At the Darton State College National Crime Victims' Rights Week Commemoration, police from Albany State University, Darton State College, and Albany Technical College presented safety tips to help people help themselves to keep from becoming victims of crime. Simple steps and choices such as being aware of your surroundings and avoiding badly lighted areas when walking or traveling can help reduce the chances that one will become a victim of physical attacks.
Albany Technical College Lt. Hill speaking at Darton State College regarding campus safety tips
Albany State University Police Lt. Gantze speaking at Darton State College about victim support
(Back row left to right) Lt. Gantze -ASU police, PA Anesia Oliver- Albany RYDC, PO 1 Terry Orange -Dougherty HITS, Chief Brackins -Darton Police, Lt. Hill -Albany Tech Police. (Front row left to right) PO 1 Tamara George- Dougherty HITS, JPM Christina Foster- Dougherty CSO, Asst. Director Tara Fields- Albany RYDC, and JPPS 2 Afiya Askew- Dougherty CSO
Darton State College Police Chief Brackins speaks during National Crime Victims' Rights Week
Georgia Preparatory Academy Schools Earn Reaccreditation
Commissioner Avery D. Niles is pleased to announce the Georgia Department of Juvenile Justice has successfully completed the ‘AdvancED’ school system accreditation process. Completion of the 2016 ‘AdvancED’ statewide evaluation means DJJ’s Georgia Preparatory Academy measures-up with thousands of other accredited school systems around the world that are similarly committed to increase student learning with a focus on future sustainable improvement.
“I want to extend my congratulations to our Georgia Preparatory Academy Schools,” said Commissioner Niles. “The accreditation process is an evaluation of our school district; however the successful completion of this evaluation process represents an agency-wide team effort.”
‘AdvancED’ Lead Evaluator, Dr. Vicki DeMao, announced the successful evaluation results at an external review exit report for the April DJJ Board Meeting. “DJJ earns the distinction of accreditation by AdvancED,” Dr. DeMao announced. “This evaluation is a rigorous process. The External Review Team congratulates you on your efforts to improve the quality of your education and your are to be commended.”
The ‘AdvancED’ accreditation institution was previously known as the Southern Association of Colleges and Schools, or ‘SACS’. A 2006 merger of ‘SACS’ and the North Central Association Commission on Accreditation and School Improvement (NCA CASI) resulted in the newly formed ‘AdvancED’ accreditation institution.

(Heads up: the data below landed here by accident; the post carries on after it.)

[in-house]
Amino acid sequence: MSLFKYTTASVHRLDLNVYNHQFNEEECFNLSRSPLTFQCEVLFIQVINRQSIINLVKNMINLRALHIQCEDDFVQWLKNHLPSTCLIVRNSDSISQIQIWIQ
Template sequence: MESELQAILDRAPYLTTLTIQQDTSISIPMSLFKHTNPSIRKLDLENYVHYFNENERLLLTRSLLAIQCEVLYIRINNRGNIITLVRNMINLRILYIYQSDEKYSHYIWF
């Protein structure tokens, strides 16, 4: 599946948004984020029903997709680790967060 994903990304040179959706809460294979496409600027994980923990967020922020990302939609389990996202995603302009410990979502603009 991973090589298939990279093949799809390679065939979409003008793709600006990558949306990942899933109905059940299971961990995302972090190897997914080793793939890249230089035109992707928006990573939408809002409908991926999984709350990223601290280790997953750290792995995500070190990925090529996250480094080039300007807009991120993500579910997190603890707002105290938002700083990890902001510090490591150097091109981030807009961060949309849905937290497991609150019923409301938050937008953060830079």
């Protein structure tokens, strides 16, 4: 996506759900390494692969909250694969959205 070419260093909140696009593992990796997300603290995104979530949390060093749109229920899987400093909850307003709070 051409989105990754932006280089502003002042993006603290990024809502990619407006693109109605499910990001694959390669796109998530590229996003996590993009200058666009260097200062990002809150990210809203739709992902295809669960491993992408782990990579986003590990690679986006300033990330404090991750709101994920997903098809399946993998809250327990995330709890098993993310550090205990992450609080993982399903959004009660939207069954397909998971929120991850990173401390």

The independent Review Teams conducted a 4-day statewide reaccreditation process inspecting Georgia Preparatory Academy schools in DJJ’s long-term Youth Development Campuses, short-term DJJ Regional Youth Detention Centers, and DJJ Educational Transition Centers.
As Commissioner and School Superintendent, Commissioner Niles congratulated all DJJ divisions for their teamwork. “During the site visits we witnessed all our staff working together to ensure we maintained our accreditation,” the Commissioner said. “I am proud every division understood the importance of this process and would not settle for anything less than reaccreditation.”
‘AdvancED’ Lead Evaluator, Dr. Vicki DeMao told DJJ Board Members, “You are to be congratulated for taking risks and having people come in here from the outside to evaluate your process -- Having outside eyes to look into the DJJ Education organization.”
To get a well-rounded perspective of Georgia Preparatory Academy operations, the inspection teams conducted a total of 129 interviews including eleven School Board Members, 26 school and Central Office administrators, 22 teachers, 14 support personnel, 28 parents and community stakeholders, and 26 students.
Board Chair Elaine Snow told DJJ Education staff, “We appreciate your commitment to the youth, making certain they get the education they need. You truly make a difference in their lives. Excellent Job! We’re proud of you!”
DJJ Associate School Superintendent Audrey Armistad said, “I truly understand what they do to make this work. I also appreciate the Board coming in to be a part of this evaluation process.”
Review Team site visits focused on ‘impact of teaching and learning’, ‘education leadership’, and ‘school system use of resources’. What the Lead Evaluator reported finding was Georgia Preparatory Academy leadership and staff displaying, “an outstanding level of caring and support for students,” and “a high level of communication across the system.”
Board Secretary Adam Kennedy congratulated the DJJ Education Team for a successful reaccreditation effort. “Your hard work has paid off,” said Mr. Kennedy. “Thank you for the work you do every day – the teachers at our facilities and everyone from the Central Office Education Division.”